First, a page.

At the School of the Arts in San Francisco, the Wellness Center offers a safe haven for students to chill and discuss problems such as stress, violence and abuse, depression and suicide, sexual orientation, chronic illness, eating disorders, family issues, peer relationships and risky behaviors.
Teens today are under enormous pressure, comments Joanne Cohen, Wellness Center coordinator. “They start testing here in second grade. To get into our school, they have to audition, like in the movie Fame. For kids who are motivated, even a 4.0 GPA is not enough. To get into a UC, they need AP and honors classes.”
Their problems are exacerbated by technology, with some students cyberbullying and spreading gossip via texting and Facebook, says Cohen, an education support professional and member of United Educators of San Francisco.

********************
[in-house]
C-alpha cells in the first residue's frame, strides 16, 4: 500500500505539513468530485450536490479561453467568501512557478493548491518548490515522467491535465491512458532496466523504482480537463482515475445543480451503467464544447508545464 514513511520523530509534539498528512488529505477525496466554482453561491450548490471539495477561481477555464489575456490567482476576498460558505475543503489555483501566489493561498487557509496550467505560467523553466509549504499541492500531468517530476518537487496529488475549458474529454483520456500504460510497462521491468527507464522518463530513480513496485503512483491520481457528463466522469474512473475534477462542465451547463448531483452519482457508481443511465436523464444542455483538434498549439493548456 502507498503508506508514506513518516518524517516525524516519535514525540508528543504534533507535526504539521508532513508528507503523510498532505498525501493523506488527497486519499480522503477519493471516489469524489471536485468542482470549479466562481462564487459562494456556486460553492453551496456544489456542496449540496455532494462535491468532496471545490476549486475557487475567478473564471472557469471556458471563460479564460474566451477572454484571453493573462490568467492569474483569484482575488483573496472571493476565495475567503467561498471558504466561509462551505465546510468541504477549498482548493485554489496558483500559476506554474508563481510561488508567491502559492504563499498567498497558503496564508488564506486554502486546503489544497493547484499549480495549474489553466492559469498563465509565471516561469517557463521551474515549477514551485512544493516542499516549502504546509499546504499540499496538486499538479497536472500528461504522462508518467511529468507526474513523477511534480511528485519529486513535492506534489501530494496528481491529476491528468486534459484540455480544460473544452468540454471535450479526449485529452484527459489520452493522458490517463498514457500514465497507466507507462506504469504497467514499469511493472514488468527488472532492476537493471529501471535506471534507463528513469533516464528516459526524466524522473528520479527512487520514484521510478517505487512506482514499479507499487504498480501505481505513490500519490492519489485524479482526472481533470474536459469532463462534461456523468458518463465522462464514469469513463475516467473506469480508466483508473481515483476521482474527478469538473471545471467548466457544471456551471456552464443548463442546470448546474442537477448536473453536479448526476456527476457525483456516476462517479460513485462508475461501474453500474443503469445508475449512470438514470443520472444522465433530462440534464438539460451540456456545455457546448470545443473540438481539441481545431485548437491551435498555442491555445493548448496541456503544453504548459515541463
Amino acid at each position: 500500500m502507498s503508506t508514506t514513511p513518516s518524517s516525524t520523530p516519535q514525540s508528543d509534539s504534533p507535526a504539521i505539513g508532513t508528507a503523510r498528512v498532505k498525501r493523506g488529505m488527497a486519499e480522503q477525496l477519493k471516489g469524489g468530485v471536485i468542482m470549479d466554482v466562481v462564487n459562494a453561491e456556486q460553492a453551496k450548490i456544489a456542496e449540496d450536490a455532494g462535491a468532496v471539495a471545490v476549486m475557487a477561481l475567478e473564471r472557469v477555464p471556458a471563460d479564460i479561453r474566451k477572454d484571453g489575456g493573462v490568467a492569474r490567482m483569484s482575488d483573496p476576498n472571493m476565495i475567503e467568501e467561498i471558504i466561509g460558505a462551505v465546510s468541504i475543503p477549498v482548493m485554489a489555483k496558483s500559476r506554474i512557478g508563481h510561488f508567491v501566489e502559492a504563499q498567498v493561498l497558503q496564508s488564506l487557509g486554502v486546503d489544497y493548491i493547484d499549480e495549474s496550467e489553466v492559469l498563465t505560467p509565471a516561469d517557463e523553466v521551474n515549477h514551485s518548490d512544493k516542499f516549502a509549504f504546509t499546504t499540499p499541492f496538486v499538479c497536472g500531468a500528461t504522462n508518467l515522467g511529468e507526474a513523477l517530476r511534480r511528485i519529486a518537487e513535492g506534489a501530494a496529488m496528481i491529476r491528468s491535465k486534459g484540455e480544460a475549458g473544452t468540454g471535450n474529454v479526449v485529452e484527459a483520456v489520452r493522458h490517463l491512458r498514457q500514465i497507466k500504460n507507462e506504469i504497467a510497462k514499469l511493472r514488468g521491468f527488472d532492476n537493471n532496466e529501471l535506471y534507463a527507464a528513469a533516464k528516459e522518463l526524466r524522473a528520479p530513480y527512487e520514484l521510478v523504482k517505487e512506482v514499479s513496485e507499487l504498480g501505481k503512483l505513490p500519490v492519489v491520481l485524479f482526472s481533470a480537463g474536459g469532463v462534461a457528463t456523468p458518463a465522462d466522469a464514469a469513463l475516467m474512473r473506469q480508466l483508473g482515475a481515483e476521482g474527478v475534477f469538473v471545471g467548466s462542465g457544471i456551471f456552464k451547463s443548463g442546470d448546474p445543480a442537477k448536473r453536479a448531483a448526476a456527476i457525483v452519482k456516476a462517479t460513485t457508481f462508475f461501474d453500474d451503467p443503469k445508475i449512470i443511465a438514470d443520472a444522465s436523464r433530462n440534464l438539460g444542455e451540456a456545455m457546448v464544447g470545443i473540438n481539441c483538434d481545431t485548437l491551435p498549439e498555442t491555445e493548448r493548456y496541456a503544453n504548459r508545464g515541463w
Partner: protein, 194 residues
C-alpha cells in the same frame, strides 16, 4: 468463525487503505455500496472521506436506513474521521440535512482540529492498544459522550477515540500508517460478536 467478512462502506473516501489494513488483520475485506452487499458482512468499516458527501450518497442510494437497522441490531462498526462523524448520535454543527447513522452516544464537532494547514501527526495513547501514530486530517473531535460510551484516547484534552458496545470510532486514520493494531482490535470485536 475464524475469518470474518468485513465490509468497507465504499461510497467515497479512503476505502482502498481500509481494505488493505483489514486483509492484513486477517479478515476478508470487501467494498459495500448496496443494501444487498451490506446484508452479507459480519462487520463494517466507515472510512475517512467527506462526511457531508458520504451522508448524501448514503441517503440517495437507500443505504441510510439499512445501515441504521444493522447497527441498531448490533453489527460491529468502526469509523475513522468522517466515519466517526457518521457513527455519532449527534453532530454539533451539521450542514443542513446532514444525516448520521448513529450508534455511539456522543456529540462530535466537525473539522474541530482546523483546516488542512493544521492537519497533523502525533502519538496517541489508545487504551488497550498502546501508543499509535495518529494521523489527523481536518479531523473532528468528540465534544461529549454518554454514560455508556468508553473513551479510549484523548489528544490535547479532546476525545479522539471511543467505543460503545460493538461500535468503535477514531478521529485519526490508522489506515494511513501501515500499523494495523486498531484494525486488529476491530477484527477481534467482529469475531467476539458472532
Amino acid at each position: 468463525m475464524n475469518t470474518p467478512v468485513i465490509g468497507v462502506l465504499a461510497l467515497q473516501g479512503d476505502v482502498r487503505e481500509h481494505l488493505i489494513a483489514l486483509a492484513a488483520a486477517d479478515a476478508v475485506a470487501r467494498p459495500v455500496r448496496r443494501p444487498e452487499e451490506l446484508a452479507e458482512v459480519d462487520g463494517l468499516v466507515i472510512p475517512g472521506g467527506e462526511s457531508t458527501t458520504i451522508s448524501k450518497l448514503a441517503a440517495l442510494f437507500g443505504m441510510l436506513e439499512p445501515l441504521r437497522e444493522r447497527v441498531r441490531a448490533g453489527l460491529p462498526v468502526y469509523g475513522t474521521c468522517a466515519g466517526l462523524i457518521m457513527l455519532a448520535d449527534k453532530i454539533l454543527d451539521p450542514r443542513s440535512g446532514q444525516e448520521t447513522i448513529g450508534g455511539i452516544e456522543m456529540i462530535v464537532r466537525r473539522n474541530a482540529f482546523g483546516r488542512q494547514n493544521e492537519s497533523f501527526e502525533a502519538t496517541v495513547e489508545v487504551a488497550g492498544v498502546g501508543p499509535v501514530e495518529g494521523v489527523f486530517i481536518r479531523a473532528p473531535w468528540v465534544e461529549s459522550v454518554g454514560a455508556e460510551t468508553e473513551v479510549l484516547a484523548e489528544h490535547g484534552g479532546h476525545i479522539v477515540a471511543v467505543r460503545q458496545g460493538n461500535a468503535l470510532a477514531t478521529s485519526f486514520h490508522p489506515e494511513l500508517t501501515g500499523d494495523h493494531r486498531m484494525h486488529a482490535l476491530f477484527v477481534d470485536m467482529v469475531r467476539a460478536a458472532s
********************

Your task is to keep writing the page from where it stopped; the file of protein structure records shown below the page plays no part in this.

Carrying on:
“I try to foster awareness that they may be using negative coping skills when it comes to drinking, smoking pot, promiscuity or cutting themselves,” says Cohen. “It may feel good for them to yell and scream, but that’s not a coping skill that will be helpful in the long run.”
To help bolster resilience, Cohen tries a different approach. “I’ll encourage them to remember what kinds of things make them feel good, such as listening to music, jogging, playing basketball and dance class. Things like dancing can cause a higher level of endorphins and a sense of well-being. Sometimes they forget how good it feels to move their bodies. They get too busy, stressed or depressed to do the things they like to do.”
Some students, notes Cohen, find it therapeutic to write down their thoughts and feelings. But she advises them to do this the old-fashioned way, on paper, rather than online in a way that makes them more vulnerable.
“Sometimes teens just need some perspective and a little bit of a reality check,” she adds. “Is it a real crisis — or just a temporary situation?”
Cohen received a pink slip, and doubts she will be rehired by the district next year. Students say they will miss her sage advice for coping with life’s problems.